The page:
Show simple item record

dc.contributor.advisorKrahenbuhl, Richard A.
dc.contributor.authorLow, Jared E.
dc.date.accessioned2024-07-09T19:42:23Z
dc.date.available2024-07-09T19:42:23Z
dc.date.issued2023
dc.identifierLow_mines_0052N_12770.pdf
dc.identifierT 9688
dc.identifier.urihttps://hdl.handle.net/11124/179120
dc.descriptionIncludes bibliographical references.
dc.description2023 Fall.
dc.description.abstractThis thesis presents Phase 1 results of a geophysical investigation at the Huacas de Moche archaeology site in Trujillo, Peru. The complete multi-phase study is a collaboration between the Colorado School of Mines (MINES), the Universidad Nacional de Trujillo (UNT), and the Denver Museum of Nature and Science (DMNS). It is designed to explore the application of geophysics in aiding archaeological investigations at the site and provide information, such as the extent of subsurface archaeological features at Huacas de Moche for future preservation and management strategy. The Phase 1 component here was therefore performed with the initial goals of evaluating the overall effectiveness of geophysics and drone-based sensing at the Huacas de Moche site, interpreting initial results at two test beds with and without active digs, and providing updated guidelines for expanded Phase 2 geophysical surveys across the broader archaeological site. The geophysical and remote sensing techniques deployed at the site include ground penetrating radar (GPR), frequency-domain electromagnetics (FDEM), magnetics, and drone-based photogrammetry. GPR depth slices and 2D profiles, FDEM data, and magnetic maps successfully reveal a broad collection of subsurface structures including walls, floors, and burials throughout these feature-rich survey areas. Follow-up excavations in a portion of the test bed, referred to as “Platform Uhle”, confirm through ground-truthing the presence of many features interpreted from the GPR data. The drone-based photogrammetry survey with resulting orthomosaic maps and digital elevation models likewise provide an additional level of site information as subtle near-surface features, such as shallow depressions within the community urban center. Such features can be delineated in locations that are challenging to recognize and map visually from the surface. Lastly, the results of this investigation reveal that each of the geophysical and remote sensing techniques deployed during this Phase 1 study performed well at Huacas de Moche and that their implementation should be continued and refined for expanded geophysical investigations at this archaeological site during future phases.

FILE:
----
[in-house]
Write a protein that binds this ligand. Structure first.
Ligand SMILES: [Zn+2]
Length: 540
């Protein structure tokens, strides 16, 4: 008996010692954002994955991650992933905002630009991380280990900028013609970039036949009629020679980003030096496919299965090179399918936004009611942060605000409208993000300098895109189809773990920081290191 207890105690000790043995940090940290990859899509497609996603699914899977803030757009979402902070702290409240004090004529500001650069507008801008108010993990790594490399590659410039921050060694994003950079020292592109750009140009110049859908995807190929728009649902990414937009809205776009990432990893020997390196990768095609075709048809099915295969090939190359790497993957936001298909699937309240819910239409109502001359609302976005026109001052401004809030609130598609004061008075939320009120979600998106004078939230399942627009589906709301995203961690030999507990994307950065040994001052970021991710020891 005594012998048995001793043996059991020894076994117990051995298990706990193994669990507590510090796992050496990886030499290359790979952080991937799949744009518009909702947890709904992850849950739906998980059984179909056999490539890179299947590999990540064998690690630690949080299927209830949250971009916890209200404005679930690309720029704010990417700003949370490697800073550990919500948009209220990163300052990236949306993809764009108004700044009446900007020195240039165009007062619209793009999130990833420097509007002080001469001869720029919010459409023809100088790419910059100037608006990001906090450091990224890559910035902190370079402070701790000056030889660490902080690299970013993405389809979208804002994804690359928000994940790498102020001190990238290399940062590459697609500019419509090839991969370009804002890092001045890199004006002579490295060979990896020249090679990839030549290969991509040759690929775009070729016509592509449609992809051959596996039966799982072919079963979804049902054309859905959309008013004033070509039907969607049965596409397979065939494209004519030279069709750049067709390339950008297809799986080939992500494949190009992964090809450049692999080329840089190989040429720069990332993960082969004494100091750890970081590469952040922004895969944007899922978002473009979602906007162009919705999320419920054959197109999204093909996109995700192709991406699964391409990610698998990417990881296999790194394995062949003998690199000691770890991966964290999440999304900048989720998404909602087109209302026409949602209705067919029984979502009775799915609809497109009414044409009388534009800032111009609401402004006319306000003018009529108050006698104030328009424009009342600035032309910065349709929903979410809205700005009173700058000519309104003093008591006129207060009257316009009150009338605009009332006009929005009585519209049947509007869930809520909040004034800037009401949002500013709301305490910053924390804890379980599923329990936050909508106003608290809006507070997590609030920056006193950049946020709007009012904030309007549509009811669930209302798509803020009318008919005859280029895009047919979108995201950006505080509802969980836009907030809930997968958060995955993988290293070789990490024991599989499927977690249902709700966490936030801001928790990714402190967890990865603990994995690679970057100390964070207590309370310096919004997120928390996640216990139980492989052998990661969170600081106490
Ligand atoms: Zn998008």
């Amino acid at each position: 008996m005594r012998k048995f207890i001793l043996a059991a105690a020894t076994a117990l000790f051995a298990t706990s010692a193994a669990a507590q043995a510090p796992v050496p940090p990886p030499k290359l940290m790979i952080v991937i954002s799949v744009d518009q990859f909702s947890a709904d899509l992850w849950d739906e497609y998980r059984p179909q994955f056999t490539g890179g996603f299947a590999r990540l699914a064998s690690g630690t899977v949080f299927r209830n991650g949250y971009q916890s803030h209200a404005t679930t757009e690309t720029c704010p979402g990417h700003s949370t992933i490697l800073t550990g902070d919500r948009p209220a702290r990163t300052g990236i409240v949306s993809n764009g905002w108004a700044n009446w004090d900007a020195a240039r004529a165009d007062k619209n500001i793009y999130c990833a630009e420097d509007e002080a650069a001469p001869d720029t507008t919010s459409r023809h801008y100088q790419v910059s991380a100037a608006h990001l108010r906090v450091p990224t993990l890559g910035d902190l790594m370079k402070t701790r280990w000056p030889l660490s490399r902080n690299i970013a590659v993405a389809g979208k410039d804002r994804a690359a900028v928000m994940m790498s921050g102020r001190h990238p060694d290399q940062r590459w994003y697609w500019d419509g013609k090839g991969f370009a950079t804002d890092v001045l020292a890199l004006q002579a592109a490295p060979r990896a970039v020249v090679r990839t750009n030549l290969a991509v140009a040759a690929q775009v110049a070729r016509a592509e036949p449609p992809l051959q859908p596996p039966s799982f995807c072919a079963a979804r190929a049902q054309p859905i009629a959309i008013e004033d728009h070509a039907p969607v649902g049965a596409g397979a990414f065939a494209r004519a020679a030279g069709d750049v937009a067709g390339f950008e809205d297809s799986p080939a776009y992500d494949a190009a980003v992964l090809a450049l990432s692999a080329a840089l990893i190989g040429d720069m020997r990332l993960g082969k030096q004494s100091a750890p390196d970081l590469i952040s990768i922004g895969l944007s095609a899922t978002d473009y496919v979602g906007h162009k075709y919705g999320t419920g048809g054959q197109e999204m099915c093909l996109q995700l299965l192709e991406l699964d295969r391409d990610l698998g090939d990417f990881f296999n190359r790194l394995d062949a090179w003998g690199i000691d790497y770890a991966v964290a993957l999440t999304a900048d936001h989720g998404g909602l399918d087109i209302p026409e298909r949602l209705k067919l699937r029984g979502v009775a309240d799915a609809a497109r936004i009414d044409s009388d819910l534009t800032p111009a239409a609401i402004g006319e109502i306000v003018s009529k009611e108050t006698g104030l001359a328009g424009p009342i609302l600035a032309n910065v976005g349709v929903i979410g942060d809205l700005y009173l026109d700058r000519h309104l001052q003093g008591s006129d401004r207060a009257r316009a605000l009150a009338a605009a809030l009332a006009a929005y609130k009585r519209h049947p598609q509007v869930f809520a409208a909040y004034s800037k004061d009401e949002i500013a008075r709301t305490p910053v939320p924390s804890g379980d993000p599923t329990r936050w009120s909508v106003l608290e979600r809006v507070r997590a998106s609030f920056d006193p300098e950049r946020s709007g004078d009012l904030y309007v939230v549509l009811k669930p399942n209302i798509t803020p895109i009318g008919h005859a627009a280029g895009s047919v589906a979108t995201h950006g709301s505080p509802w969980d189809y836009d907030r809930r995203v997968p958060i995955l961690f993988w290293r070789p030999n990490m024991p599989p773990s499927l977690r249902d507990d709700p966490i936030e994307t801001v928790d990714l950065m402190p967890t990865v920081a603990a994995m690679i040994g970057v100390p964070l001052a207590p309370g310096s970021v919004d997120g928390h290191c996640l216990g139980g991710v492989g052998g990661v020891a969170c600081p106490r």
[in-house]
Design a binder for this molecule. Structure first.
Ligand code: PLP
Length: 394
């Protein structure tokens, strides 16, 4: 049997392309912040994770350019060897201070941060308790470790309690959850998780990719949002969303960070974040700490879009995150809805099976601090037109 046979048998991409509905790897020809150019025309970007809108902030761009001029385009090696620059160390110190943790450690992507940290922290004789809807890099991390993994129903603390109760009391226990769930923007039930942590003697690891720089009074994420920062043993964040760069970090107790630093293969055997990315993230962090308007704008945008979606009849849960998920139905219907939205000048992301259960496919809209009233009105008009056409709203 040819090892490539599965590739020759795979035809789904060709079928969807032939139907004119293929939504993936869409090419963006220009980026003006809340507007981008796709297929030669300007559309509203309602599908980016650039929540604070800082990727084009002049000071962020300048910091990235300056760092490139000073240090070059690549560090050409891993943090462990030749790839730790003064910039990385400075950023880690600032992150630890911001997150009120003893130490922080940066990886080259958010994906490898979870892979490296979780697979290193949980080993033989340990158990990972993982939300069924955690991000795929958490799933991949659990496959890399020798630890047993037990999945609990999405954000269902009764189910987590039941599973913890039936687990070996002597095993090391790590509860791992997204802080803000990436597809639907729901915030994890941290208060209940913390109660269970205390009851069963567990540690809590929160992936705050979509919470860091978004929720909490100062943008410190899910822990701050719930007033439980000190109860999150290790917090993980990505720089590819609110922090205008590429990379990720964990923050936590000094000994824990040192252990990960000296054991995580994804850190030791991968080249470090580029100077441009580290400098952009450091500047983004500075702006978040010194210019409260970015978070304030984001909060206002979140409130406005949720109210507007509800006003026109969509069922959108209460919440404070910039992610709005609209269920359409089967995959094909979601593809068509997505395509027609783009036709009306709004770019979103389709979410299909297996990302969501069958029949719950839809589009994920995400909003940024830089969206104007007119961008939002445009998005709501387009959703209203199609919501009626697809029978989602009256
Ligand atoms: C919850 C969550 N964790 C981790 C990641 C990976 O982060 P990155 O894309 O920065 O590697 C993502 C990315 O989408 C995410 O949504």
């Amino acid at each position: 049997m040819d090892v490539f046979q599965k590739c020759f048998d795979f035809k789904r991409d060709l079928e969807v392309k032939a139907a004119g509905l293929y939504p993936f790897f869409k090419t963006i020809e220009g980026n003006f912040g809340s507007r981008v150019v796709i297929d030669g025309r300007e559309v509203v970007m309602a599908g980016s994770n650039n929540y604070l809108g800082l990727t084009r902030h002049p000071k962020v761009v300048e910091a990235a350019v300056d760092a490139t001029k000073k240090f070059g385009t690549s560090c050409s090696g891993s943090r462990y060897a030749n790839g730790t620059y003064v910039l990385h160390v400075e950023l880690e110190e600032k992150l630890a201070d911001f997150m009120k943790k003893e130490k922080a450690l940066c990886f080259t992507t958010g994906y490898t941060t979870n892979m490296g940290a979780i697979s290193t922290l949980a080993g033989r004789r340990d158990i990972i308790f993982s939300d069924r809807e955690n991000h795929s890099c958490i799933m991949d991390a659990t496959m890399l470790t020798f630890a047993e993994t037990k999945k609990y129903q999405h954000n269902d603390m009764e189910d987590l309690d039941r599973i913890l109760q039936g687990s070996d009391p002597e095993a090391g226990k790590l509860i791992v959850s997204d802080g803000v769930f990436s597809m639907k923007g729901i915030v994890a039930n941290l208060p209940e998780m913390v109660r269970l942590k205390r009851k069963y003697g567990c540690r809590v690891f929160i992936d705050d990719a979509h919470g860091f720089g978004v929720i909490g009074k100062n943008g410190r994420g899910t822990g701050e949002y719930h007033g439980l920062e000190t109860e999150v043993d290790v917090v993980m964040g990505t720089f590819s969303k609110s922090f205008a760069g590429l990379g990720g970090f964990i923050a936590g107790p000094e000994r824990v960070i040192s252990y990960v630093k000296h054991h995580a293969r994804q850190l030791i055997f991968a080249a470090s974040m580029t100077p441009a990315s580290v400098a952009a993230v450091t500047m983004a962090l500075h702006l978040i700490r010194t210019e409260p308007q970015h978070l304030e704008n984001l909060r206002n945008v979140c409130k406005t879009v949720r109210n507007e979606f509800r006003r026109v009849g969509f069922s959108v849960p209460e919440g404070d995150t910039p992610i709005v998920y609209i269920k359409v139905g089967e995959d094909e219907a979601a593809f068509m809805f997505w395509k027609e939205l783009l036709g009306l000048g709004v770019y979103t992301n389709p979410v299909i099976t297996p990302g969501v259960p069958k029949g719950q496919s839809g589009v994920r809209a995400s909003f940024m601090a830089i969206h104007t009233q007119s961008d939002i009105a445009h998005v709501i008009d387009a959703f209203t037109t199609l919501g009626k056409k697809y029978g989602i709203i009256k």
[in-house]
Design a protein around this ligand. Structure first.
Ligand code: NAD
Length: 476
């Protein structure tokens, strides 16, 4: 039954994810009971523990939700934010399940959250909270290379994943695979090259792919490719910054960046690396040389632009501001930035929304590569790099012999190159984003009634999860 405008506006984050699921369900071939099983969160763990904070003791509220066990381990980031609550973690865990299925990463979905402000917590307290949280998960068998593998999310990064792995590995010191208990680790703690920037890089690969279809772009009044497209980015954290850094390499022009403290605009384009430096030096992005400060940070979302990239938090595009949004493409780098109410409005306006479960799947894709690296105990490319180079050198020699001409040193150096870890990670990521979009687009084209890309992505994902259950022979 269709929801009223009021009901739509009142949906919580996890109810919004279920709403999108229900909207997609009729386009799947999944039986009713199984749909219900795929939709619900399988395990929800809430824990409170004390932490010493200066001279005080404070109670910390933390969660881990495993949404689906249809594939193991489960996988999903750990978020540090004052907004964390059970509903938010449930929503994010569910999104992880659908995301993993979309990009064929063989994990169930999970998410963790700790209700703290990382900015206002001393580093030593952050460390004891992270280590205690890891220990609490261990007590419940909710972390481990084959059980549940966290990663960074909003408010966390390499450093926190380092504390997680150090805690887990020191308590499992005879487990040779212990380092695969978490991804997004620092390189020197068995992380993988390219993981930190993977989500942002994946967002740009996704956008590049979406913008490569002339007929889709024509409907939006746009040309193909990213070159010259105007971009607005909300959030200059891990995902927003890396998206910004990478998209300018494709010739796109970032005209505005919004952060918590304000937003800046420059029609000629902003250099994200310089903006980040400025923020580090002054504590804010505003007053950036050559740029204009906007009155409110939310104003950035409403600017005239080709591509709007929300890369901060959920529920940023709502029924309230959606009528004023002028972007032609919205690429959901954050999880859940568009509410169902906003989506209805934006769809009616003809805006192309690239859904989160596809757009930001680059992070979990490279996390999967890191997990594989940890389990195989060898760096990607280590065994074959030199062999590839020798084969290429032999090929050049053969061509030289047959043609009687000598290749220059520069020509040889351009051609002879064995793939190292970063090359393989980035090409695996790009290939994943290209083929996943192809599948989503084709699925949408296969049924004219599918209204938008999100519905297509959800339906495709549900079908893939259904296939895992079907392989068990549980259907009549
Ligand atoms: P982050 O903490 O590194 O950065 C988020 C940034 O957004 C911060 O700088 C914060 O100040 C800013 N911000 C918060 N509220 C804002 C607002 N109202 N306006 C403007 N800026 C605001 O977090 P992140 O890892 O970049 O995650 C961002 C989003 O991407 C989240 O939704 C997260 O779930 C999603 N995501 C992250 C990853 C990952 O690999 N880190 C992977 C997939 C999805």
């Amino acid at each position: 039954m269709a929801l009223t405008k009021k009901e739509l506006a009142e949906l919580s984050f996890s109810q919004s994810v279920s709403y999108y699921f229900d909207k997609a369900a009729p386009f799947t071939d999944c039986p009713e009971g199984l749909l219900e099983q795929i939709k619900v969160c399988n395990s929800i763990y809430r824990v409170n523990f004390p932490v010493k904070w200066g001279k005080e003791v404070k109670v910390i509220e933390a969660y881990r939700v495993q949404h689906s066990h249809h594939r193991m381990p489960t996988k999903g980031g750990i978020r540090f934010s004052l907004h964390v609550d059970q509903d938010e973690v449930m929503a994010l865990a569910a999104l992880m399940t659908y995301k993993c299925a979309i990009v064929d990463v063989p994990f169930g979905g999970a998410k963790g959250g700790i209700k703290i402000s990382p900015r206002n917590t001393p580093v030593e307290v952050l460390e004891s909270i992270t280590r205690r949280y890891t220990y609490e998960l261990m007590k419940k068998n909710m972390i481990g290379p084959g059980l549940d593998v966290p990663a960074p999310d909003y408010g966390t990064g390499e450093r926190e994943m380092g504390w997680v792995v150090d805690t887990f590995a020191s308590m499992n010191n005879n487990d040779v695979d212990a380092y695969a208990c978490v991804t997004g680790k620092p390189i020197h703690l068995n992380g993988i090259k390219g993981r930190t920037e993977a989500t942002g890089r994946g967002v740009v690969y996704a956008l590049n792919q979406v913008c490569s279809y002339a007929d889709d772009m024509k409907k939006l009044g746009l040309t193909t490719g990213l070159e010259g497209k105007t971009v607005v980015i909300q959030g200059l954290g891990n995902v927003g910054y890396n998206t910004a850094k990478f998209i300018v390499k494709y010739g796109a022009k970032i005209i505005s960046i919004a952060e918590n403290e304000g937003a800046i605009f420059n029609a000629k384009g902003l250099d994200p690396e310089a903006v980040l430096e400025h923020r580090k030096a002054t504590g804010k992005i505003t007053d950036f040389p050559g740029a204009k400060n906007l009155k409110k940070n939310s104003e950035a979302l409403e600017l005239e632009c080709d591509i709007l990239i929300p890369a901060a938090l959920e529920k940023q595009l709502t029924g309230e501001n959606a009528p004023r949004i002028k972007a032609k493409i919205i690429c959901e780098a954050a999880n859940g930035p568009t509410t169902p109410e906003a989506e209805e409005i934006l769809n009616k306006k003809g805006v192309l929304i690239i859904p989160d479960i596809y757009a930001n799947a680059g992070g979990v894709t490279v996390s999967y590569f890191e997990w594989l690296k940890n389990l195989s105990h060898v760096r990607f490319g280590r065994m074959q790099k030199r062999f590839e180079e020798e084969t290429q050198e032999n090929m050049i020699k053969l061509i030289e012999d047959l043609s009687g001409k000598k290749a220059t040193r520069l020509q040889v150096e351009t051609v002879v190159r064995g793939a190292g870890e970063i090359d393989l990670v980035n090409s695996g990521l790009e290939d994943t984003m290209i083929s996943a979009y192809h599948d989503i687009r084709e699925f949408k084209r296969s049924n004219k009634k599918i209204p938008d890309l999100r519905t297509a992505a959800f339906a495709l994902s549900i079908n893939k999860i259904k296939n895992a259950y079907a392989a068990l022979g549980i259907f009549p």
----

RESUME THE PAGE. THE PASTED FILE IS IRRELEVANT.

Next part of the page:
dc.format.mediumborn digital
dc.format.mediummasters theses
dc.languageEnglish
dc.language.isoeng
dc.publisherColorado School of Mines. Arthur Lakes Library
dc.relation.ispartof2023 - Mines Theses & Dissertations
dc.rightsCopyright of the original work is retained by the author.
dc.subjectfrequency-domain electromagnetics
dc.subjectground penetrating radar
dc.subjectHuacas de Moche
dc.subjectmagnetics
dc.subjectphotogrammetry
dc.titleMapping ancient structures and demonstrating integrated archaeological geophysics at Huacas de Moche, Peru
dc.typeText
dc.date.updated2024-06-25T01:20:54Z
dc.contributor.committeememberShragge, Jeffrey
dc.contributor.committeememberKoons, Michele L.
thesis.degree.nameMaster of Science (M.S.)
thesis.degree.levelMasters
thesis.degree.disciplineGeophysics
thesis.degree.grantorColorado School of Mines


Files in this item

Thumbnail
Name:
Low_mines_0052N_12770.pdf
Size:
340.6Mb
Format:
PDF

This item appears in the following Collection(s)

Show simple item record